A flock of MEW GULLS cried excitedly and dove crazily in the wave crests surging into cruise ship dock. Peering hard through the rain-blurred window, I could not tell what they were feeding on.

Back at the waterfront, I found the usual gang of NORTHWESTERN CROWS and gulls including the GLAUCOUS GULL, two THAYER’S GULLS, GLAUCOUS-WINGED GULLS, and a gull missing its entire tail. There is a story! It seemed to balance and fly well enough despite the loss.

A SONG SPARROW hopped among the rocks, as dark as the surf-splashed beach. 

Just offshore, PELAGIC CORMORANTS, a small flock of SURF SCOTERS, a single HORNED GREBE, and more Goldeneyes and Mergansers rode the waves. Scanning the sky, I found a single BLACK-LEGGED KITTIWAKE adult flying into the wind. Where was it during the Christmas Bird Count?

No male Long-tailed Duck or Pacific Loons, seen just recently.


No Chestnut-backed Chickadees, Pine Grosbeaks, Tree Sparrow, Golden-crowned Sparrow, Pine Siskins, or Hairy Woodpecker, not even a Red-breasted Nuthatch!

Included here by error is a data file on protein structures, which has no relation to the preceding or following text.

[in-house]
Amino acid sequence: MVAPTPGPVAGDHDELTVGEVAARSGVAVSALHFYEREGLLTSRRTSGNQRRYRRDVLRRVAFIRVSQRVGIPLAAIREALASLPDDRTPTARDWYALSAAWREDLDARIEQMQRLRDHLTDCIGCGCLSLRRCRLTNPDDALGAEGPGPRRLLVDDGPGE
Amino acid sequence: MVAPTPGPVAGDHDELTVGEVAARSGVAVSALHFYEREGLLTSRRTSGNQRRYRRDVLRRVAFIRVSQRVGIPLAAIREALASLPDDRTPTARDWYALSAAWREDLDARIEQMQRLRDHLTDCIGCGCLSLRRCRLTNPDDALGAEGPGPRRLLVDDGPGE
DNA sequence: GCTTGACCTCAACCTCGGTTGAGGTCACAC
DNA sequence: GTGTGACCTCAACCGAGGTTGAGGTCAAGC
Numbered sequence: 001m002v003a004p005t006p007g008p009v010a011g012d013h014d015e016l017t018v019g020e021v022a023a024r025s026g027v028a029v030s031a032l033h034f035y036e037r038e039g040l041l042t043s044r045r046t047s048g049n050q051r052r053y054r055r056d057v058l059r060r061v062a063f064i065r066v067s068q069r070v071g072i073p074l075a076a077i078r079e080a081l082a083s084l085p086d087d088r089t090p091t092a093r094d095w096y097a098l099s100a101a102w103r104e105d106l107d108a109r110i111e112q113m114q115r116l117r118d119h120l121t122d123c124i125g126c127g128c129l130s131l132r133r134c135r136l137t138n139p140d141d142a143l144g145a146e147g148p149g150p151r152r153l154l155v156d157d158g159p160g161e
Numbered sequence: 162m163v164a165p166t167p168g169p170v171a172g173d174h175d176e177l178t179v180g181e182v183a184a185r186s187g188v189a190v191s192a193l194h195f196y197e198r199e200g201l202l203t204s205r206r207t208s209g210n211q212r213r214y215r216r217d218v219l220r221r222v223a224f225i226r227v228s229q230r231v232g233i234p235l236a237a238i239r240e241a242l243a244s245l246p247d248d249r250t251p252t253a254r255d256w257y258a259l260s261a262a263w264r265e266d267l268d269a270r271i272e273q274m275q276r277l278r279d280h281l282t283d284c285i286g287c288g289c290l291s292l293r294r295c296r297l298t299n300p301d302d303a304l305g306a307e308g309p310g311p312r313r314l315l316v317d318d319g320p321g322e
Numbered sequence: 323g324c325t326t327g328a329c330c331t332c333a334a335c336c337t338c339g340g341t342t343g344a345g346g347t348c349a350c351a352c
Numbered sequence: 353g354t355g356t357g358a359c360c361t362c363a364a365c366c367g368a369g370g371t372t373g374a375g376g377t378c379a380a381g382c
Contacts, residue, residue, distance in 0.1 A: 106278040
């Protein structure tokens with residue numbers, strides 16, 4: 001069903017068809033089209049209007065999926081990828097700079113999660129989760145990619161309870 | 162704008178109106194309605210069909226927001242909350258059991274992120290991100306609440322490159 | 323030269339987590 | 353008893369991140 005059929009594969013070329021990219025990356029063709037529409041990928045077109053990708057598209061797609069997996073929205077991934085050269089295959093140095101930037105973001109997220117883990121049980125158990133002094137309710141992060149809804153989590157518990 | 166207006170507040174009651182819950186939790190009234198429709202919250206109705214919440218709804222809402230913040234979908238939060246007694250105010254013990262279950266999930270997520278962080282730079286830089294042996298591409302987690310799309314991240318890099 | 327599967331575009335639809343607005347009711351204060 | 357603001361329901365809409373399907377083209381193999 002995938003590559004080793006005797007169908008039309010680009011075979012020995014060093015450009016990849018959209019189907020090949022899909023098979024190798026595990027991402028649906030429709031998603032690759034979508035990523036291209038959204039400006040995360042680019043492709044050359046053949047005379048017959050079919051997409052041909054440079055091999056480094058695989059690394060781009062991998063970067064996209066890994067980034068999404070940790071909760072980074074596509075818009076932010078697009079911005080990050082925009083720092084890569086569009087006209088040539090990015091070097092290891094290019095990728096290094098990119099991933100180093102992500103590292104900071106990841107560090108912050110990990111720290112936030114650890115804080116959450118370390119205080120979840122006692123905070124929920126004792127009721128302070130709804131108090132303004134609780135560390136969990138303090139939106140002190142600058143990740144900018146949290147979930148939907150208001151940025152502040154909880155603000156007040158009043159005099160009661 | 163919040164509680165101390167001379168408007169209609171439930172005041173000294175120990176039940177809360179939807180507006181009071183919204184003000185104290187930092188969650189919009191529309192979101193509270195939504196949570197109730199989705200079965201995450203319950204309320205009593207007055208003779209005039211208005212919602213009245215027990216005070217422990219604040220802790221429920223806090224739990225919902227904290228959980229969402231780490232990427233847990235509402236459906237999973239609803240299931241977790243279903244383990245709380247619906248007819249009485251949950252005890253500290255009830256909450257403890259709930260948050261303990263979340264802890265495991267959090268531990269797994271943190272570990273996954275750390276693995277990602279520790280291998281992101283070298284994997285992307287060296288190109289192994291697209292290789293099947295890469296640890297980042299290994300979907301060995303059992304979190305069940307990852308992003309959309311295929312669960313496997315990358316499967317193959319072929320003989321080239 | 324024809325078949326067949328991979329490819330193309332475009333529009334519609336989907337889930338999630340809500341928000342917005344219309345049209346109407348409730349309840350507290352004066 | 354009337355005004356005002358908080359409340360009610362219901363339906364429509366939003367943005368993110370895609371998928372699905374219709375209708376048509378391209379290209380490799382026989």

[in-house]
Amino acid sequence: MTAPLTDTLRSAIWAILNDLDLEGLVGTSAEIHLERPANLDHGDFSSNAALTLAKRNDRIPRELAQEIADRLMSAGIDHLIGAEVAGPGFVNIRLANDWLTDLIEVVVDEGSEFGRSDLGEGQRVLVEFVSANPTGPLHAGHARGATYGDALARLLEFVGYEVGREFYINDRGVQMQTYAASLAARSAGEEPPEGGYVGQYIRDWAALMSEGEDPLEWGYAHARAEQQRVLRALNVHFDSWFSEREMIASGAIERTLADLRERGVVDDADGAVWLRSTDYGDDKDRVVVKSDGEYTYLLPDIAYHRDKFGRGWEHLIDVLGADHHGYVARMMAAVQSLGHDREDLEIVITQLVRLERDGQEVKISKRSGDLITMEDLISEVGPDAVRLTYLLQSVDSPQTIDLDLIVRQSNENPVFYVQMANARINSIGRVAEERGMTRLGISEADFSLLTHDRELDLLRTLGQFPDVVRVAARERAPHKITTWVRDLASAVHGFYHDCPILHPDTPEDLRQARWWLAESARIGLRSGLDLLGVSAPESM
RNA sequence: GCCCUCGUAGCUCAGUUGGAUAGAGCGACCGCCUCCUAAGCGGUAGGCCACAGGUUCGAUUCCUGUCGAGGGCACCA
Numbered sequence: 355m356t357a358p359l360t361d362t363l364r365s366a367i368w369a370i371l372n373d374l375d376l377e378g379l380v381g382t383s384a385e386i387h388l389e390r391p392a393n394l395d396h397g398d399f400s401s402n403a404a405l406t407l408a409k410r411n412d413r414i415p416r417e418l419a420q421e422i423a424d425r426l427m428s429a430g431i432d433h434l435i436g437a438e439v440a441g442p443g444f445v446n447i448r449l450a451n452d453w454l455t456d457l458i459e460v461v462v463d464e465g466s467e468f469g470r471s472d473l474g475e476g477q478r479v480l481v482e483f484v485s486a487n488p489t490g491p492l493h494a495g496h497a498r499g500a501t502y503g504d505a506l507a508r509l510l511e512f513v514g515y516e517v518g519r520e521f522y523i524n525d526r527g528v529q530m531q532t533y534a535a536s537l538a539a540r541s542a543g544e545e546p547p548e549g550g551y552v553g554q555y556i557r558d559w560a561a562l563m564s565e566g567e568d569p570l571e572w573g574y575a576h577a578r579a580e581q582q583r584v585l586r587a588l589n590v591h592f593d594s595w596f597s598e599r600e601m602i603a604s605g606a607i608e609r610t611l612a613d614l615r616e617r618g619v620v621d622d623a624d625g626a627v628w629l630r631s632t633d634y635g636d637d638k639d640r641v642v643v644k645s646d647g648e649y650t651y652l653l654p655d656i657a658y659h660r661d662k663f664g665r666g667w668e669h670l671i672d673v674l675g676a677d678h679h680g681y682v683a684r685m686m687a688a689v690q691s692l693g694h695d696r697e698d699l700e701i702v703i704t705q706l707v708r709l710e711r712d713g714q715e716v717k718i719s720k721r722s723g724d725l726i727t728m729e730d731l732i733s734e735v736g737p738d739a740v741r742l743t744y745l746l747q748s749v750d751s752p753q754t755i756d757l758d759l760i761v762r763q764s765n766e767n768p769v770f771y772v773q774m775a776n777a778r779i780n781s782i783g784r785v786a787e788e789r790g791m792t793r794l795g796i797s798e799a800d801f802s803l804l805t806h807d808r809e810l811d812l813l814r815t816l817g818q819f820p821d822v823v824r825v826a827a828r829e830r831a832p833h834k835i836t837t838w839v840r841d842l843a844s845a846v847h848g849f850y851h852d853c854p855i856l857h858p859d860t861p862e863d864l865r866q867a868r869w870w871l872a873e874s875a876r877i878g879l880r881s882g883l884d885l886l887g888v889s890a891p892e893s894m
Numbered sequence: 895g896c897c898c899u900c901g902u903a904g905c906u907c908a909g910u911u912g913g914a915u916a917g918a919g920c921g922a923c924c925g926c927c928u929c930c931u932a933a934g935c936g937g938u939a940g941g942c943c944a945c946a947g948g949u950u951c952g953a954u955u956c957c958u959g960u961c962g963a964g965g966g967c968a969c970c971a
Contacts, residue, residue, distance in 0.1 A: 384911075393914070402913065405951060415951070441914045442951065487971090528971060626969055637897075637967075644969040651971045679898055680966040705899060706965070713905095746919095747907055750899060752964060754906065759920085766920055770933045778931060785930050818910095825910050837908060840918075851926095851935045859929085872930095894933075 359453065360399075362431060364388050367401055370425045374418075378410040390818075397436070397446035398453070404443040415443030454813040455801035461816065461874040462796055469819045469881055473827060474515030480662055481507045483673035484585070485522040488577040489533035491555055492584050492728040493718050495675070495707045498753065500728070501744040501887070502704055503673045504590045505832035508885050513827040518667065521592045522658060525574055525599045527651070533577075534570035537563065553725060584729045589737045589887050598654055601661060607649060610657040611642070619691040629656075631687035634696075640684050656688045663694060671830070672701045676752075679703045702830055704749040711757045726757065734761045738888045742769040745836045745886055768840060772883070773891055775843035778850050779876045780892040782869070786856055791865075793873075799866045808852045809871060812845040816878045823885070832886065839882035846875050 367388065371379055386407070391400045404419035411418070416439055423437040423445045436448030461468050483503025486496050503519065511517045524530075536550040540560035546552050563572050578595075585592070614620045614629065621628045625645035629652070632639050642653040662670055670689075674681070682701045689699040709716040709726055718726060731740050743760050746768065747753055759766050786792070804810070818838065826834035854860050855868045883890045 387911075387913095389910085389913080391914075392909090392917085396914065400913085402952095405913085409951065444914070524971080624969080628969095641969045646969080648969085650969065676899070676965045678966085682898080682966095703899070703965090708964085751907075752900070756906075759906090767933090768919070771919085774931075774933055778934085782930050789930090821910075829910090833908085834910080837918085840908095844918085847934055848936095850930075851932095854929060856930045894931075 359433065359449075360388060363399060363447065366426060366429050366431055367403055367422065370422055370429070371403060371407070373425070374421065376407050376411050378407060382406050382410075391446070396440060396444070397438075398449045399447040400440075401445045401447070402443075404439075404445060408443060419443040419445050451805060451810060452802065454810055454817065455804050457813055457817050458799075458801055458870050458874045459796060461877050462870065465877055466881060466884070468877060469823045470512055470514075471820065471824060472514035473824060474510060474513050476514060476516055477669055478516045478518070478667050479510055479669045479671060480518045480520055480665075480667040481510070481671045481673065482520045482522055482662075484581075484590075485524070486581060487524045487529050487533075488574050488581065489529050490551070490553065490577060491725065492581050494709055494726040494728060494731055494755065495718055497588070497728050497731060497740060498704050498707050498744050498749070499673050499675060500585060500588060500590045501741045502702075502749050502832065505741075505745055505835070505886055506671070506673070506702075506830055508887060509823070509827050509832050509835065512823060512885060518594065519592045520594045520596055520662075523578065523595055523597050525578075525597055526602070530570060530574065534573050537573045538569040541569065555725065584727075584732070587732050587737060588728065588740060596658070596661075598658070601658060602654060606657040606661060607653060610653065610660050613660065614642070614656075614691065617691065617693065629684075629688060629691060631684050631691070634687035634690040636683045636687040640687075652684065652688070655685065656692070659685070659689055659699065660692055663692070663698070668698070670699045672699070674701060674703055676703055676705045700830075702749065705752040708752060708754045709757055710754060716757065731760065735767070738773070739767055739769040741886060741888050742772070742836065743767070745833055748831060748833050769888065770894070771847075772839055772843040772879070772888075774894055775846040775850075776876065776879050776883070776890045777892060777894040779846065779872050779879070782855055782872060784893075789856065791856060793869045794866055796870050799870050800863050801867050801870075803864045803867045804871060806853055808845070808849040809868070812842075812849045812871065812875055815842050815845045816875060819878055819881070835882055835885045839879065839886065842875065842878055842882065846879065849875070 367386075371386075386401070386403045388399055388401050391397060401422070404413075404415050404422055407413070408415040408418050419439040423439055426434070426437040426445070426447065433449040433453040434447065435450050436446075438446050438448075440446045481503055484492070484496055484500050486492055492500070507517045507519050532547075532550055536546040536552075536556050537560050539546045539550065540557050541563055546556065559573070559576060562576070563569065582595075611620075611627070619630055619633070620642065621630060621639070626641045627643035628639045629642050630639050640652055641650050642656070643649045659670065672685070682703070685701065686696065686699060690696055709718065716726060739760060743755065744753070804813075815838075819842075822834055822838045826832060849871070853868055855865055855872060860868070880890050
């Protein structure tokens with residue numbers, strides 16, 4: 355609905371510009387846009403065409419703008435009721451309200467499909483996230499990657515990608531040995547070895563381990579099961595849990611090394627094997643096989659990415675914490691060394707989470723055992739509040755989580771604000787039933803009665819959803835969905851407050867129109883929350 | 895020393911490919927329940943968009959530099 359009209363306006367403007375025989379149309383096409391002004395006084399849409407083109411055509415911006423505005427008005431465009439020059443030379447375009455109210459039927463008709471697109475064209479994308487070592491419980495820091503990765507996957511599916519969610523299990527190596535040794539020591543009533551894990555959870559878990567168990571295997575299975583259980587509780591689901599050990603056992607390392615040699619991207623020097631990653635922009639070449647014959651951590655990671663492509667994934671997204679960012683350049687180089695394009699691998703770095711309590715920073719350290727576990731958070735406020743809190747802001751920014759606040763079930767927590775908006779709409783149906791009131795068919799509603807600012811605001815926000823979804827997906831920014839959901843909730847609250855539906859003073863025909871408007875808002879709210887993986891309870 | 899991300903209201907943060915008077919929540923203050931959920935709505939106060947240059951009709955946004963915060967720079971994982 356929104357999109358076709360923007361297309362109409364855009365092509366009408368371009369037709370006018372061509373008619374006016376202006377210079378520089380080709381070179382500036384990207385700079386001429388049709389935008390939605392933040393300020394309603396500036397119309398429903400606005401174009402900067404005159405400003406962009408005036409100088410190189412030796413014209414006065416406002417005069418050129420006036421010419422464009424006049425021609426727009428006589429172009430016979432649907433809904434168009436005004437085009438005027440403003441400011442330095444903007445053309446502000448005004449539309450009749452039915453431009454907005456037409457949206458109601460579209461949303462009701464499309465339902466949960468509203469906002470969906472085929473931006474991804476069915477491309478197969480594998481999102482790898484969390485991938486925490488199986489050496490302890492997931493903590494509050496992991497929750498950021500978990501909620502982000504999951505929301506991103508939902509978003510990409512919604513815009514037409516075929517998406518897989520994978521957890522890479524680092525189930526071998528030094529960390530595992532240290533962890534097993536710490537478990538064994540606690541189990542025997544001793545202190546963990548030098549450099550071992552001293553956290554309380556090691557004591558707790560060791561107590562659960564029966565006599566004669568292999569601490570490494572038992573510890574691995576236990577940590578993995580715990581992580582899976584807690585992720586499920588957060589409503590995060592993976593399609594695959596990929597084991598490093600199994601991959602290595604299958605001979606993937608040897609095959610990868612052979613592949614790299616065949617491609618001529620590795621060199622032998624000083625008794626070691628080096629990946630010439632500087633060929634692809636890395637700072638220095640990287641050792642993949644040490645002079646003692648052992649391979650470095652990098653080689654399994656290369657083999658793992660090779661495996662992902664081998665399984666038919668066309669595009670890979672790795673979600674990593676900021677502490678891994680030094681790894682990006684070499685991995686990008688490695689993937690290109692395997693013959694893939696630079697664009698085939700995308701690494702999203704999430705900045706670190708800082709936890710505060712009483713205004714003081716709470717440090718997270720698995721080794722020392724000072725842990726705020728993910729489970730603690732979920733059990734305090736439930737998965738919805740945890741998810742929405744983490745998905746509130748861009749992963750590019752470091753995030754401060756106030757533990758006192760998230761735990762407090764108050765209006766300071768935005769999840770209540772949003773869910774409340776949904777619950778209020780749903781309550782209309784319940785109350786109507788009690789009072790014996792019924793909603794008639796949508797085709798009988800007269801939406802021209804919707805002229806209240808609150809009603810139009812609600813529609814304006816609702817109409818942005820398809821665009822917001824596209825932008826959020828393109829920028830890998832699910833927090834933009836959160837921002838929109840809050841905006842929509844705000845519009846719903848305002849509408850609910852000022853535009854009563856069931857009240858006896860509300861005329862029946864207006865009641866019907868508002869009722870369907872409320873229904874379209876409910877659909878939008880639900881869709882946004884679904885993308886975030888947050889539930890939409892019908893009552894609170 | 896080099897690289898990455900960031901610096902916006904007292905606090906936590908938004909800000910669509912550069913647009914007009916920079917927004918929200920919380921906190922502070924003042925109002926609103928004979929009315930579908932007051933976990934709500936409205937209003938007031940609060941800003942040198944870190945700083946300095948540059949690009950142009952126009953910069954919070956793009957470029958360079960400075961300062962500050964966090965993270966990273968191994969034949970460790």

I glassed Afognak Beach, looking for the Killdeer, as long as I could stand being buffeted by the wind and stung by the rain. No luck. A red squirrel scolded. Moose droppings decorated the trail.

At the wetlands, I found five TRUMPETER SWANS including two cygnets, hunkered down against the wind and rain. In the distance I spotted two more adults. The six cygnets, if they were with the adults would have been difficult to see in the dim light, but I hope they were OK. Tough weather!

Just after sunset around 4:20, I drove along the Waterfront. Two sea otters rocked in their sea cradle, eating. A pod of about 15 Steller’s sea lions surfaced to breathe and look around, all piled together like puppies.

For my last bird species, I finally located a small flock of HARLEQUIN DUCKS bobbing in the waves. 

All tallied, I found 27 species for the first day of the new year, despite the challenging conditions. A good start with the hope of many more to come.

Wishing you all a very happy, birdy, New Year!
Carol Griswold
Seward Sporadic Bird Report Reporter